Even though the 7.3/6.0L and 6.4L Power Stroke do not share a basic fuel deliver system design, they rely on electronics to control the amount of diesel fuel injected into the combustion chamber. The Power Strokes are direct injection engines so no pre-chamber exists in the cylinder head. The compression ratio is lower than an IDI design (The pre-chamber greatly increases the surface volume and thus, the thermal loss into the coolant.) and all use a microprocessor to make the fuel delivery and timing decisions. But the similarity ends there. The 7.3/6.0L employs two microprocessors to operate the injectors while the 6.4L has one unit. The 7.3L Power Stroke used a PCM in conjunction with an IDM (Injector Driver Module) instead of the 6.0L FICM. The IDM employed an internal DC to AC converter that boosted the signal to the injectors to 115 volts.
The 6.0L engine uses two computers in series to control the engine. There is a PCM (Power Train Control Module) and a FICM (Fuel Injection Control Module). The two modules are intrinsically linked since both have a flash memory and are involved with the decision-making process of how long and when to open the fuel injector. The majority of the authority for the engine calibration is in the PCM while the FICM does the actual work of opening the injectors through an electronic device called a driver. This can be considered a high current switch that has no moving parts. The FICM also internally generates the 48 volts that the HEUI system on the 6.0L uses.
In the FICM, each each individual injector is controlled with four driver inputs. There are high and low side drivers for the open and close coil of each injector. On later 6.0L engines, the low side driver is actually shared among four injectors. This means an injector short to ground on the low side could produce four different cylinder error codes. The first (2003) engines had an individual low side driver for each injector.
Unlike a gasoline fuel injector, the Power Stroke HEUI system requires both an open and and close command for the injection cycle. In contrast, a gasoline engine uses only an open command and when shut off, the internal spring closes the injector. The high operating pressure of the HEUI will not allow for that. It needs to be remembered that the FICM and or IDM (7.3L) is actually controlling the high-pressure engine oil on the top of the injector to provide fuel delivery. The PCM and FICM communicate through what is known as a CAN (Controller Area Network) circuit.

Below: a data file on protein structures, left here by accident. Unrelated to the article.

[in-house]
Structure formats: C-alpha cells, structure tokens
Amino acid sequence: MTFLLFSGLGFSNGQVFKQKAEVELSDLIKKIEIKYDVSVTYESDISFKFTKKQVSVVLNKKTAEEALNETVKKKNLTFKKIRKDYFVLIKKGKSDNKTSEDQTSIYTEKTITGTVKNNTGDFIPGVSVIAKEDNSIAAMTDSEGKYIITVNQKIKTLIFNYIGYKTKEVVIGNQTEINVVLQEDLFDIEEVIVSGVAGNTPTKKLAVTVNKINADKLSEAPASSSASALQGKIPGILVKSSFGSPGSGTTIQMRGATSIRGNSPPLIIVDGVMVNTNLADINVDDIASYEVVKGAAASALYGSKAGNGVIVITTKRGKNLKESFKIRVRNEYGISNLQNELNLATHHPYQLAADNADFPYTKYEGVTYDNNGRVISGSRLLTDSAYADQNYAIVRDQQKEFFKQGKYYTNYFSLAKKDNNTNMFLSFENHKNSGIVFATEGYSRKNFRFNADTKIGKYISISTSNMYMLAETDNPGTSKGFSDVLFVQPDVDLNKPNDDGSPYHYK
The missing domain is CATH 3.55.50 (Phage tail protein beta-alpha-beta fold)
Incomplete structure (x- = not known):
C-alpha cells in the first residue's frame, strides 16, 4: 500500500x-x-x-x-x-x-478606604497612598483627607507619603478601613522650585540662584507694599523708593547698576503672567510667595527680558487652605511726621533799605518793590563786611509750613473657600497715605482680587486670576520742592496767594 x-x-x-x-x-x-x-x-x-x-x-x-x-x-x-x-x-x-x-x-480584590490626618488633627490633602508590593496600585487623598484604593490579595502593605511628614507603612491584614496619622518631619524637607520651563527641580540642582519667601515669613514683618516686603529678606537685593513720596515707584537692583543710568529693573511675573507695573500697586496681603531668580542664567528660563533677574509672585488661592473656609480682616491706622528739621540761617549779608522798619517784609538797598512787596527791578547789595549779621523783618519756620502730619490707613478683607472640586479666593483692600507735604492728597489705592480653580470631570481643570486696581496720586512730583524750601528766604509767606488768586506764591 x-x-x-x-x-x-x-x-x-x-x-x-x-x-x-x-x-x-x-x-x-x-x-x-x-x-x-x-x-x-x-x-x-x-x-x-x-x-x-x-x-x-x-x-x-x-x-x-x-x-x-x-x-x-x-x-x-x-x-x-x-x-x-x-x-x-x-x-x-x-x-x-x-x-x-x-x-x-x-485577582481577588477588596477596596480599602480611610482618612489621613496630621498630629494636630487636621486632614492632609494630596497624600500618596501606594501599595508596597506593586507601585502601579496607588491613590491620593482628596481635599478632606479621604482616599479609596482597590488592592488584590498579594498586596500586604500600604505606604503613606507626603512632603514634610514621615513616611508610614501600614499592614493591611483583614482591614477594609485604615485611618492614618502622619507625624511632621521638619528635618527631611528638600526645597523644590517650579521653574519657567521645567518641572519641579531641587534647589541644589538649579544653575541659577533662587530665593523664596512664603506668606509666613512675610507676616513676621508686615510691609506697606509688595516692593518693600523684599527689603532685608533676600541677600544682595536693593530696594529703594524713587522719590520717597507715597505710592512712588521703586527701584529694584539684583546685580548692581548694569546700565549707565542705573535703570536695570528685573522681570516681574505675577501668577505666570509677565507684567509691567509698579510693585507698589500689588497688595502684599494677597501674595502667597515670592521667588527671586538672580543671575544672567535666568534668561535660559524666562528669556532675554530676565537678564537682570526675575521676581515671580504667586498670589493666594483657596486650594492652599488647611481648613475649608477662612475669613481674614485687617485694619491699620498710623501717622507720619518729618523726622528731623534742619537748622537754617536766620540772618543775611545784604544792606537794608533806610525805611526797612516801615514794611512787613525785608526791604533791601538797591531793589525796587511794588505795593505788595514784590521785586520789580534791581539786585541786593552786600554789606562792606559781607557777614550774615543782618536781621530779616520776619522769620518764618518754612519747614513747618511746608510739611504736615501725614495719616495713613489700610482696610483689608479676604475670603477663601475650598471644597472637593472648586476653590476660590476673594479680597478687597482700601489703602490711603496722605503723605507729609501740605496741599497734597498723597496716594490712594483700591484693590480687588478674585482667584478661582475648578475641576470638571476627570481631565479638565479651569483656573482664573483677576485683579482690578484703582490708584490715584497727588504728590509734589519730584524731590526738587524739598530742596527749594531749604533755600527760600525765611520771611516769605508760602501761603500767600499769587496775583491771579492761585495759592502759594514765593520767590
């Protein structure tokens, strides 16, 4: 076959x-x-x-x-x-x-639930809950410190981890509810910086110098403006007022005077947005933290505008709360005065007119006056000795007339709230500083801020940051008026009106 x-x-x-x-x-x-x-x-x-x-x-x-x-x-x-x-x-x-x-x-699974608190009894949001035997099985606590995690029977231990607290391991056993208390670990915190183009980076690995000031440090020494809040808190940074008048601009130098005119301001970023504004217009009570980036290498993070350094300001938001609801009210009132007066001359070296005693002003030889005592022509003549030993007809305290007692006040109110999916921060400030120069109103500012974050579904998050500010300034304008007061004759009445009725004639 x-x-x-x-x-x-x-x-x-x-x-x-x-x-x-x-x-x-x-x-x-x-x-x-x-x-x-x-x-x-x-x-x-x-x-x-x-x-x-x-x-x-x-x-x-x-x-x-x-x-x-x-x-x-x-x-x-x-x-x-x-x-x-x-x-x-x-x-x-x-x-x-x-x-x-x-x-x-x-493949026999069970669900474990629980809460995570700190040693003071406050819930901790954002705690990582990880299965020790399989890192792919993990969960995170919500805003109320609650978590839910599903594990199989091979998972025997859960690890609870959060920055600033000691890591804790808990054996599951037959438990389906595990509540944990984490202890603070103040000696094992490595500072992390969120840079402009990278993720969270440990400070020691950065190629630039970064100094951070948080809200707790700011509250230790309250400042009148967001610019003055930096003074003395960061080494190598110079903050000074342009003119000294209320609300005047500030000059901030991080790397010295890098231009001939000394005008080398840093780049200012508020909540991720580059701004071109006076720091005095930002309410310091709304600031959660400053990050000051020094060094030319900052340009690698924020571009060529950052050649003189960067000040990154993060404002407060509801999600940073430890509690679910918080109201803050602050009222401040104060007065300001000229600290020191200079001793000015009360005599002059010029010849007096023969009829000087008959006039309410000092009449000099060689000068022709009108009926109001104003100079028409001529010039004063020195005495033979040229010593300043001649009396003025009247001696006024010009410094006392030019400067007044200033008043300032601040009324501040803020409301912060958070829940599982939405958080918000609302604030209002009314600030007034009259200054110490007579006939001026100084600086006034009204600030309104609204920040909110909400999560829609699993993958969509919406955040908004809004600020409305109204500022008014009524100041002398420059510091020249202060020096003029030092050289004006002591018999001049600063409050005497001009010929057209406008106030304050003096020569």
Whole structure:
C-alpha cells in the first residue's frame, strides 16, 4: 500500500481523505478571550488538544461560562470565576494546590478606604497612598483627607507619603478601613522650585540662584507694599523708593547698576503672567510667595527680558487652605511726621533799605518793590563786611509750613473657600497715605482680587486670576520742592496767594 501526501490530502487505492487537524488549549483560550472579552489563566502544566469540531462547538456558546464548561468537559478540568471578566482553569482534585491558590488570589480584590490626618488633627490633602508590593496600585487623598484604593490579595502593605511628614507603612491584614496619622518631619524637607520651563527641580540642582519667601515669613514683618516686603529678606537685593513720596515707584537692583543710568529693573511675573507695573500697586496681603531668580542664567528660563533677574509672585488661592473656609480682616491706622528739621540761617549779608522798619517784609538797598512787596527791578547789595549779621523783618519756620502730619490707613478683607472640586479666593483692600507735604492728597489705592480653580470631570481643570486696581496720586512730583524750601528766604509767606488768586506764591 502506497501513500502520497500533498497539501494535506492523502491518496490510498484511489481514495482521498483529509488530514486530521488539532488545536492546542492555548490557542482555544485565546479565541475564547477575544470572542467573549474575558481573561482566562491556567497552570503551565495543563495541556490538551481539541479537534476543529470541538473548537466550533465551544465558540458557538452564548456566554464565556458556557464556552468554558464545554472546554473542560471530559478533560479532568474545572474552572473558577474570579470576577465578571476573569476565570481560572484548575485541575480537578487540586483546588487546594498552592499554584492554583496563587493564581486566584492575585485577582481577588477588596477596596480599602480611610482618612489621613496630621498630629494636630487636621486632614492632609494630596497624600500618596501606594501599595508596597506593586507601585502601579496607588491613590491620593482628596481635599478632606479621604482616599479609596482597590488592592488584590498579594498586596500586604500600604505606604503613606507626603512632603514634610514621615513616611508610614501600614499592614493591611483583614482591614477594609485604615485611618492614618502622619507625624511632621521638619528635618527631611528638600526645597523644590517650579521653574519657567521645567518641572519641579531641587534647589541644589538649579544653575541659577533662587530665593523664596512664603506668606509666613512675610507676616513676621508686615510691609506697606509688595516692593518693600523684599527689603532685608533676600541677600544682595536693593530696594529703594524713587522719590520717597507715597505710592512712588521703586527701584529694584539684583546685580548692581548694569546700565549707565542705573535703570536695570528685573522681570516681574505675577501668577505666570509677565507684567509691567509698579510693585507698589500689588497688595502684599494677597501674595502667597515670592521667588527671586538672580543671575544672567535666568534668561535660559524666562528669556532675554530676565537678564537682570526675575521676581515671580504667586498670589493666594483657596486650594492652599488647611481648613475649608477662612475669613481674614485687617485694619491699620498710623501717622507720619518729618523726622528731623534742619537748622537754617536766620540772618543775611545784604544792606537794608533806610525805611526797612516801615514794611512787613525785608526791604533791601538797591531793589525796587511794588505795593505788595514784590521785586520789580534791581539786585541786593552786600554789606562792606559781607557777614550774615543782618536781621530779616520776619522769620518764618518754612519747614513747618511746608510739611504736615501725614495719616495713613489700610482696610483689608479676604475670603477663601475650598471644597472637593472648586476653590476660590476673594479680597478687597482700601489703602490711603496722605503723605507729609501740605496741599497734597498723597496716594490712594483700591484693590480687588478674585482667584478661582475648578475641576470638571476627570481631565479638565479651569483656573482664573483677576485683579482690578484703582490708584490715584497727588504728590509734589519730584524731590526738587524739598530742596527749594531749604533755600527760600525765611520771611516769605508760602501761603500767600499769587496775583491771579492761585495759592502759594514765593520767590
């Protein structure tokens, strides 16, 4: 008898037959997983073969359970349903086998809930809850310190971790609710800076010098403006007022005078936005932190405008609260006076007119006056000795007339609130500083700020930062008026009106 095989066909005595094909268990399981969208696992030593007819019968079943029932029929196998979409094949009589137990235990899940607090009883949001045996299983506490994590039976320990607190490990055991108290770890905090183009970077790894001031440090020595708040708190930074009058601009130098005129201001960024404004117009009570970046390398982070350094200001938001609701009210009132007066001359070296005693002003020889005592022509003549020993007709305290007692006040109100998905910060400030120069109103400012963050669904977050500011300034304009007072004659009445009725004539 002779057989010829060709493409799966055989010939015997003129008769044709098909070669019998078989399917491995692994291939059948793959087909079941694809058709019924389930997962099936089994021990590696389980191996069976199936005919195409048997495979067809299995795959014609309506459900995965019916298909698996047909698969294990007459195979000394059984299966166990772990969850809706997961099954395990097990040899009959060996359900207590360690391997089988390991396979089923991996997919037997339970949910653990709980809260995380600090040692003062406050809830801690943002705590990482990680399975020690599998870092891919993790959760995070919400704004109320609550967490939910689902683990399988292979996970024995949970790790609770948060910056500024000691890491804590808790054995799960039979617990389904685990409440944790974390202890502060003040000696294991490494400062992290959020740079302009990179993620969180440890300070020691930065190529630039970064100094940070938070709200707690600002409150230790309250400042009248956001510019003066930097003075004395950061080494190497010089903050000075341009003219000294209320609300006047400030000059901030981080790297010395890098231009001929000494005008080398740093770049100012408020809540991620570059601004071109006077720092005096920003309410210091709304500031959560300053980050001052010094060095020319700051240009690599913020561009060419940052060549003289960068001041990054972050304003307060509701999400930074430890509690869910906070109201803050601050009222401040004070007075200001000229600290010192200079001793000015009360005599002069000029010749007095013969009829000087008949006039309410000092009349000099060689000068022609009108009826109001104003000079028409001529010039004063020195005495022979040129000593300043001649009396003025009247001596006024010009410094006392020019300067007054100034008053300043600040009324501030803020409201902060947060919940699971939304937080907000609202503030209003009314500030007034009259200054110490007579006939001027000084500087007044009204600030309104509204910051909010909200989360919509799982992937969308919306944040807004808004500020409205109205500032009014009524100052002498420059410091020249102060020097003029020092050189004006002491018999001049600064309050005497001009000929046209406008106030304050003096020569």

When the 6.4L was introduced the FICM was eliminated and the injector control drivers were now in not a PCM but an ECM (Engine Control Module). The piezo design uses a varying command from 42 to 96 volts DC. The necessary voltage is created in the ECM.
In summation, the first Power Stroke (7.3L) employed a HEUI injector that operated with 115 volts and was controlled through a combination of a PCM and IDM. The 6.0L version had a HEUI design with Siemens instead of Caterpillar injectors and was run via a FICM and PCM on 48 volts. The 6.4L eliminated the HEUI system and replaced it with a common rail, piezo injector operating with between 42 and 96 volts though only the ECM.
Regardless of the style of fuel delivery, for the PCM/ECM to determine the requirements of the engine, sensors are needed. A sensor is a device that translates a physical state or condition into an electrical signal.
In all applications the PCM/ECM uses a 5-volt reference signal for most if not all sensors. This is a common logic employed among controllers for both gasoline and diesel engines. The sensor produces an output voltage that is then sent to the PCM/ECM. This is used to decide fuel delivery.
Due to the stricter control on emissions with every passing year, the 6.4L Power Stroke has more sensors than any previous version. It is also responsible to control the burn-off regeneration of the diesel particulate filter (DPF), so additional data is required that an earlier system did not need. The following are common Power Stroke sensors but may not be used in all applications:
AP (Accelerator Pedal position)
The AP incorporates three potentiometers to track throttle position. Throughout the movement of the AP the resistance values of the three potentiometers must agree. If not, the Check Engine light will illuminate and the vehicle will continue to perform as normal. If two signals from the AP are lost, the ECM will allow the engine to idle only and the CE light will be on.